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Plea for cash help to revive town centres

Financial incentives for business are now needed to back up the Scottish Government's commitment to the regeneration of town centres, the man who led a review of policy has said.

VISIBILITY: Marc Hindley has the confidence to move his e-commerce and design business to the high street in Forres.
VISIBILITY: Marc Hindley has the confidence to move his e-commerce and design business to the high street in Forres.

Architect Malcolm Fraser chaired the National Review of Town Centres which 12 months ago urged a "town centre first" approach by public bodies in approving new homes and leisure or public facilities.

Now Mr Fraser has welcomed the Government's endorsement of a Town Centre First Principle for the public sector, but has urged more radical moves in the areas of rates and taxation.

Town centres and local roads issues are the final elements of The Herald's SME-SOS campaign highlighting key economic blocks on Scotland's vital small business sector.

Business groups say planning and parking restrictions are among factors undermining the revival of town centres at a time when 10 per cent of shops lie empty, and are urging a joined-up approach to regenerating the high street.

Mr Fraser said: "We need incentives to get development where we want to see it. I would encourage the government to be bolder in using tax as a positive lever to back up this town centre first principle."

Mr Fraser said the existing Business Rates Incentive Scheme, offering councils 50 per cent returns on rates for some areas, could be re-engineered for town centres, and Land Value Tax could be used to drive changes of use and attract housing development.

"I don't want to see these issues put on the back burner," Mr Fraser said.

His review a year ago called for radical measures to rescue Scotland's high streets from the twin threats of out-of-town developments and internet shopping. Last November the Government announced £2m of support between 32 councils for taking on empty properties.

Then last week it said local authorities, the NHS and Police Scotland would be asked to "weigh up the potential impact of closing town centre facilities against the benefits of keeping their town centres healthy and vibrant". They would be asked to "sign up to" the new principle, and "look beyond immediate pressures when they are making decisions about closing a town centre facility".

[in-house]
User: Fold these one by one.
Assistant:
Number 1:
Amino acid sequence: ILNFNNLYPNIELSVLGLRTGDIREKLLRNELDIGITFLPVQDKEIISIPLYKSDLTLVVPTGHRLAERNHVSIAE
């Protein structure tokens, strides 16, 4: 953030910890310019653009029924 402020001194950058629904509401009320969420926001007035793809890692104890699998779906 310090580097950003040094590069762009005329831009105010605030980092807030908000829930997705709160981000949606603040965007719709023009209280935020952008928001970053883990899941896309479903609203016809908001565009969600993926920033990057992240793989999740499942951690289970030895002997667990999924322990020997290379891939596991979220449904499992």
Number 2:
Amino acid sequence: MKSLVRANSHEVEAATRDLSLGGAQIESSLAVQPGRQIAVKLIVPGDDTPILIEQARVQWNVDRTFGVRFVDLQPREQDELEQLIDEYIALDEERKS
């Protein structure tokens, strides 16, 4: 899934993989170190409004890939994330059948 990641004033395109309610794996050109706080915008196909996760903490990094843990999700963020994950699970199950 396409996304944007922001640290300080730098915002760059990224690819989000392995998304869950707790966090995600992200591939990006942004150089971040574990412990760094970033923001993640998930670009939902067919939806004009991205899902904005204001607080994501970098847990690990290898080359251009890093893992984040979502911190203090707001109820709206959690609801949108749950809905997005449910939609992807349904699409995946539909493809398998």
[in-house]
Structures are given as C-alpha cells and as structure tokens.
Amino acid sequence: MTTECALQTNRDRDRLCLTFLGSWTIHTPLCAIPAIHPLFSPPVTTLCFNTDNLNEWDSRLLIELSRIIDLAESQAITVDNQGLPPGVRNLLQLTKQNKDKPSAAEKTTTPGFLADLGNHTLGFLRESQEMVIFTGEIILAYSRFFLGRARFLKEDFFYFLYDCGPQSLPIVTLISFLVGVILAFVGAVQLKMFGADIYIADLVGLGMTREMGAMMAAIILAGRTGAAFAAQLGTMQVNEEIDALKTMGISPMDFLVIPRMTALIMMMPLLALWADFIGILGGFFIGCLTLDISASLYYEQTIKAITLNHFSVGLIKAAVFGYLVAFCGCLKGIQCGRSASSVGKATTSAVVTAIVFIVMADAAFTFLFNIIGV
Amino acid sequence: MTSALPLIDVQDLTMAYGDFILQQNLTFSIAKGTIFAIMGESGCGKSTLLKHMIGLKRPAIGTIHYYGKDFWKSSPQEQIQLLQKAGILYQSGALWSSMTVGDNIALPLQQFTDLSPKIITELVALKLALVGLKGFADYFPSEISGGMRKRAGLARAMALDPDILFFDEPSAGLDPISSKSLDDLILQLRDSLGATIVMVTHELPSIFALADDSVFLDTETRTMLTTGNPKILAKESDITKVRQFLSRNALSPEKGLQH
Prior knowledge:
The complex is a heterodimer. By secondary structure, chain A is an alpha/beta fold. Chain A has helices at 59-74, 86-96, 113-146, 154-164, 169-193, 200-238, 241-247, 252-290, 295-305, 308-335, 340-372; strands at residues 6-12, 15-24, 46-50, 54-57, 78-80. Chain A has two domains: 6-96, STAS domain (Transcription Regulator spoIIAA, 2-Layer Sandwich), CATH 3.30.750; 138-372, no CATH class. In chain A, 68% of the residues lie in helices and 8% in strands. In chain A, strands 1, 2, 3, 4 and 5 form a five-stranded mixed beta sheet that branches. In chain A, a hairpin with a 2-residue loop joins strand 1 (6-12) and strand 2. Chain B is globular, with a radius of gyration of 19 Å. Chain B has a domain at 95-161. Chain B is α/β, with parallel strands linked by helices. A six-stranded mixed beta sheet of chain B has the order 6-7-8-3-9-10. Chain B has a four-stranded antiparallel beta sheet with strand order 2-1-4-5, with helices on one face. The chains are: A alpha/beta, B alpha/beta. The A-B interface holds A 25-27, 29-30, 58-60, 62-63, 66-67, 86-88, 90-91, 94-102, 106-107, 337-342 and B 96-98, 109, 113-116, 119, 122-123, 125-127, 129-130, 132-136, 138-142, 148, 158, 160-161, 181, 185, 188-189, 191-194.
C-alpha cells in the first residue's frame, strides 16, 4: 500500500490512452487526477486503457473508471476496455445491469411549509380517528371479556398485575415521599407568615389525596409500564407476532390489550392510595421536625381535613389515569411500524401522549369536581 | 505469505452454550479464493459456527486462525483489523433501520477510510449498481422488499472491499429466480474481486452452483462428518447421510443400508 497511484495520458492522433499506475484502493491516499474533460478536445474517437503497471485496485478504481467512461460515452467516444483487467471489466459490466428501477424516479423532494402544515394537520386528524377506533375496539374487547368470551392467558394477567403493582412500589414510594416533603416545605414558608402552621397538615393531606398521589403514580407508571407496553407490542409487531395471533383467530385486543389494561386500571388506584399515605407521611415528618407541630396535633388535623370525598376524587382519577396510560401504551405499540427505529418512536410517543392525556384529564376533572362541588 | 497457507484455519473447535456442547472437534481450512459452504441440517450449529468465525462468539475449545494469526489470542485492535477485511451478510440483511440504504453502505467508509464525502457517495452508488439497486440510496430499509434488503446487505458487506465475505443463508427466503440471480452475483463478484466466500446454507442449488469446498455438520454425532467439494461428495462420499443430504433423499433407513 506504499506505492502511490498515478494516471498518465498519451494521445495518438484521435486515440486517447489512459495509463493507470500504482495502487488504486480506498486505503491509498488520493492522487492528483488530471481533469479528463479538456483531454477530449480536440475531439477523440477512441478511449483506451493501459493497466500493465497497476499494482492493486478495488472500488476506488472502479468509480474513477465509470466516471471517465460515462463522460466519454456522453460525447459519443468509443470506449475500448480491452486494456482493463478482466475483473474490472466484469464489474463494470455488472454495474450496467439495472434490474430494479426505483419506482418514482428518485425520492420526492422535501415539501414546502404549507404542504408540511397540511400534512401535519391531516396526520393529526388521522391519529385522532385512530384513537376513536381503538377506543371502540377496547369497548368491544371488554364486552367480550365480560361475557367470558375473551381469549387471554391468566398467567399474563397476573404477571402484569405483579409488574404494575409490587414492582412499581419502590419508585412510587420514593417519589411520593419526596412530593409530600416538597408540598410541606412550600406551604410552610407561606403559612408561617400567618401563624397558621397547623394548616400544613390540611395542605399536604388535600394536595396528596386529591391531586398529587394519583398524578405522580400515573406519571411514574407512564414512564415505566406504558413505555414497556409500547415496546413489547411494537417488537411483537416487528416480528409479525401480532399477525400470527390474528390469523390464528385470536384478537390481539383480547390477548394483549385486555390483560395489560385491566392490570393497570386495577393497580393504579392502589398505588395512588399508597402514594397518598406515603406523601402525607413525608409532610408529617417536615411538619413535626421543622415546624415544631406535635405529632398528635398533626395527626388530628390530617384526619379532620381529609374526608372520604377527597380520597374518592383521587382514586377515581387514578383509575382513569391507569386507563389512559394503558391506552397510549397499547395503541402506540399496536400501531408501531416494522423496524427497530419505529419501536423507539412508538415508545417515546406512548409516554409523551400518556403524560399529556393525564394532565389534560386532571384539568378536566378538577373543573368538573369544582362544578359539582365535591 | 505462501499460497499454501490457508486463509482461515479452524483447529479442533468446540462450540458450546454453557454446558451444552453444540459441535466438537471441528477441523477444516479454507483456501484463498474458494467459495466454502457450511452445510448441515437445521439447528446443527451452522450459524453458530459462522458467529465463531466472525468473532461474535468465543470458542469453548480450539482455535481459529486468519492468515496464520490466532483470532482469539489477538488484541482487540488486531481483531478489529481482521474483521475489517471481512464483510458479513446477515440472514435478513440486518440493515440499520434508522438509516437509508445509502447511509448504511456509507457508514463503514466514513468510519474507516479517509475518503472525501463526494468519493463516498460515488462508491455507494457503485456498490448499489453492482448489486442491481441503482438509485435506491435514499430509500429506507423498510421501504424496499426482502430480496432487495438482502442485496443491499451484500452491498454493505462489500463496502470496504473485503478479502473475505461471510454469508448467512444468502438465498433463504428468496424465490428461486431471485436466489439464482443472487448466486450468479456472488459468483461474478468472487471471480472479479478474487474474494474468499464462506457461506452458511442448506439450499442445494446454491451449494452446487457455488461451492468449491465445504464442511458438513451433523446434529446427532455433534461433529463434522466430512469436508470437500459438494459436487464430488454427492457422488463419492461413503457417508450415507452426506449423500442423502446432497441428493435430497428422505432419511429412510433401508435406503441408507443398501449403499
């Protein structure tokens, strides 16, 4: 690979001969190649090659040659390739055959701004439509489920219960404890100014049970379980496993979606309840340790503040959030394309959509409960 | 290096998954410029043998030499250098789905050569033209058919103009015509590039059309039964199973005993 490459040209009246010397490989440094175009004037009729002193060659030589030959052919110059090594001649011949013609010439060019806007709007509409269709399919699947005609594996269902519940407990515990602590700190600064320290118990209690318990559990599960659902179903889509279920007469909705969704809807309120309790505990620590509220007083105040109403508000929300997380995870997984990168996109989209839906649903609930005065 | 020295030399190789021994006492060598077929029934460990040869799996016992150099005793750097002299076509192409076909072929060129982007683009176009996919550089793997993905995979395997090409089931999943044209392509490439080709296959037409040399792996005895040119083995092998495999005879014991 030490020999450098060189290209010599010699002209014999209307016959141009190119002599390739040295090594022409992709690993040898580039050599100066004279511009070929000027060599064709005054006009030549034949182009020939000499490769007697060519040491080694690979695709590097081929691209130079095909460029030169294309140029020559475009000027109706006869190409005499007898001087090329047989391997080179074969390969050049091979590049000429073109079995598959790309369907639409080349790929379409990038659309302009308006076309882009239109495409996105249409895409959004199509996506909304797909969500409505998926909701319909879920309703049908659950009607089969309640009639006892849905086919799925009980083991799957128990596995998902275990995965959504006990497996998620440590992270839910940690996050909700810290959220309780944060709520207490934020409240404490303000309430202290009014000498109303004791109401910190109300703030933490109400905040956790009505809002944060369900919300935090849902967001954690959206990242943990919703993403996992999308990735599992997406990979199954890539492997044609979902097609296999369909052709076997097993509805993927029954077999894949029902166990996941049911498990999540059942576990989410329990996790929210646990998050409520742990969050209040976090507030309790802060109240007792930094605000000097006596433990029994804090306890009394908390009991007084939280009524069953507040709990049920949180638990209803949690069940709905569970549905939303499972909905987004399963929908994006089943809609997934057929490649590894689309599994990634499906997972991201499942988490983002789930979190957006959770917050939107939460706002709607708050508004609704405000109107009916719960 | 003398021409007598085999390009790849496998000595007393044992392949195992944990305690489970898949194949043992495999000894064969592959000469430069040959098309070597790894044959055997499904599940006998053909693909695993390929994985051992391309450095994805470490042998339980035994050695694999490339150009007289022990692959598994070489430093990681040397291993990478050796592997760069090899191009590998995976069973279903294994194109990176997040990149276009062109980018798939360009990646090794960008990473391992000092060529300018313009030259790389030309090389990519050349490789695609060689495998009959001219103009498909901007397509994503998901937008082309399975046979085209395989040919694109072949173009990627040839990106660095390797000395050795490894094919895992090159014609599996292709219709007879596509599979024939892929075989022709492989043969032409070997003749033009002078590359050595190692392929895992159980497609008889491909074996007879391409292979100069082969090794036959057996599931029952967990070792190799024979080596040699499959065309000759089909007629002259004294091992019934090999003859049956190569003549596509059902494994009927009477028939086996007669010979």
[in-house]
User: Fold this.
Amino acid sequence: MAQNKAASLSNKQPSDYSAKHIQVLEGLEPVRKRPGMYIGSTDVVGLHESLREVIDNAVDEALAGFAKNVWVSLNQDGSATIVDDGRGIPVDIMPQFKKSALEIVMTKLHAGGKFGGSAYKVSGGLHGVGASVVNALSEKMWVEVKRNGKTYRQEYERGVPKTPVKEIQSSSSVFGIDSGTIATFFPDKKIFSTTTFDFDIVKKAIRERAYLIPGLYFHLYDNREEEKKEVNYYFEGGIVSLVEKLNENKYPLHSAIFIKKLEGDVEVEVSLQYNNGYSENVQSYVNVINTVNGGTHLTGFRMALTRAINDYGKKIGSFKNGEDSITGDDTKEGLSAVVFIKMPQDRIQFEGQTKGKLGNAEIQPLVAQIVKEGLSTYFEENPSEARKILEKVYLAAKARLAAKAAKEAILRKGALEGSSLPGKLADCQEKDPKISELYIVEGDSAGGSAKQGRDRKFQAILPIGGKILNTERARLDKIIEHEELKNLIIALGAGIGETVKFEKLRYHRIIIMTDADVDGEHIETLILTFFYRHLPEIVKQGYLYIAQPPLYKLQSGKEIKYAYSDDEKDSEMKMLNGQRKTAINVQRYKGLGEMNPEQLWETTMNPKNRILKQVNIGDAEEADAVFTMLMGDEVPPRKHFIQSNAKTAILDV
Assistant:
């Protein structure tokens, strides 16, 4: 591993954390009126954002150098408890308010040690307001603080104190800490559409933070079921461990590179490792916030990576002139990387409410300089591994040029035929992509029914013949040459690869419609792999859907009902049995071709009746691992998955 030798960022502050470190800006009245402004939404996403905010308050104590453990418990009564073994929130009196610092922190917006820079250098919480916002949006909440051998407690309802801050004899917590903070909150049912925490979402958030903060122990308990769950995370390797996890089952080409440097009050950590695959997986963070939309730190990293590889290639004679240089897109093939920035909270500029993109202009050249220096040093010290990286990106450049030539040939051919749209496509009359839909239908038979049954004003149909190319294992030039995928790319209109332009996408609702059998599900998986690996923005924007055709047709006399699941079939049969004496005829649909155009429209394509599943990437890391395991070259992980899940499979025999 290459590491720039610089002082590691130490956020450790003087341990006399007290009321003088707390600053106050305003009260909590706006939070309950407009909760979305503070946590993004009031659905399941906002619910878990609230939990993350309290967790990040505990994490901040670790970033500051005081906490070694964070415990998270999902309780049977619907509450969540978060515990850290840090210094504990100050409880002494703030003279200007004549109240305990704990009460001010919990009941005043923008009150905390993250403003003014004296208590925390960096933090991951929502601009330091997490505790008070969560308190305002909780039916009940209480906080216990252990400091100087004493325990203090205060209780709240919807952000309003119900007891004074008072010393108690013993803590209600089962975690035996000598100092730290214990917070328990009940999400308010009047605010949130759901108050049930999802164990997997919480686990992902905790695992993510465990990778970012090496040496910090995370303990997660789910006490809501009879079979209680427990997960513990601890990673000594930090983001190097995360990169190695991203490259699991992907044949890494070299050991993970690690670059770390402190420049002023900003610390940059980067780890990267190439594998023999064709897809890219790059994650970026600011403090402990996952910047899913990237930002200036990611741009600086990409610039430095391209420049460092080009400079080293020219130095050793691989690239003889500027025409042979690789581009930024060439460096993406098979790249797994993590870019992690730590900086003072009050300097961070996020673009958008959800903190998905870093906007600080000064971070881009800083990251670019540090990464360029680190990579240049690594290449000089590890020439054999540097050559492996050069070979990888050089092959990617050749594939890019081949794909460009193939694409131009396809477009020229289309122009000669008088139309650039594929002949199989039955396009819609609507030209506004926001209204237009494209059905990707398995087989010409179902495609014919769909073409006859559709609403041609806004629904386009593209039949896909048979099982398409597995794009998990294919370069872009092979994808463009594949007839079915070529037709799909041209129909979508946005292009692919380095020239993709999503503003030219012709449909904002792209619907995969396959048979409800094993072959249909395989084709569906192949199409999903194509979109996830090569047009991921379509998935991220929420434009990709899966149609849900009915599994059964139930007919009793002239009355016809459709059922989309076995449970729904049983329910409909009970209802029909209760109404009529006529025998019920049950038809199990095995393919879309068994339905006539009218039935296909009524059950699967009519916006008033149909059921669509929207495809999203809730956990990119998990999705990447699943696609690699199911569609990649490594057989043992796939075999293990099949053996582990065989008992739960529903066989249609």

As The Herald revealed in May, a survey by the Federation of Small Businesses found almost 100 towns across Scotland are facing closure of a local service including 61 police counters, 29 HMRC inquiry centres, five Crown post offices, and 17 sheriff and justice of the peace courts, as well as 24 bank branches.

The Scottish Retail Consortium wants to see joined-up policies that will streamline planning and building standards approvals and "make parking affordable and accessible, not merely a source of council revenue".

It is also calling for a rejuvenation of the BRIS, ring-fencing its proceeds for town centre regeneration, and the dedication of any UK government windfall allocations to high streets and town centres.

Marc Hindley moved his web design and e-commerce business Canary Dwarf onto the high street in Forres, and is now a member of the town centre working group.

He said: "It is unusual for a business like ours to be on the high street but it gives us visibility and gives our customers confidence.

"We also use our venue for training and meetings, so it's like having a big billboard on the high street though we may not get the huge footfall of a retail shop." He says the area has now lost its parking wardens, which could potentially be damaging to the town centre and its small traders. Parking along with promoting the town centre as an attractive environment are the main issues being tackled by the working group.

David Lonsdale, at the SRC, said further action to make it easier and less costly for retailers and other businesses to invest in town centres must now be prioritised. "I know from speaking to many shopkeepers over recent months that they view the building standards system in Scotland as a real bugbear. Chief concerns include the length of time needed to secure consents and warrants to open new shops, particularly in listed buildings which are common in our town centres, but also for things like putting in seats, toilets and signage. This is holding back much needed investment in our high streets and town centres, at a time when one in every ten shops remains empty."

Andy Willox, the FSB's Scottish policy convener, said: "We welcome many of the measures already put in place by the Scottish Government such as expanded business rate reliefs and the pilot projects putting housing back into the centre of our conurbations. An important next step is securing the footfall and revenue generated by the public sector in our towns. We need to develop a strong understanding of what Town Centre First means in practice."

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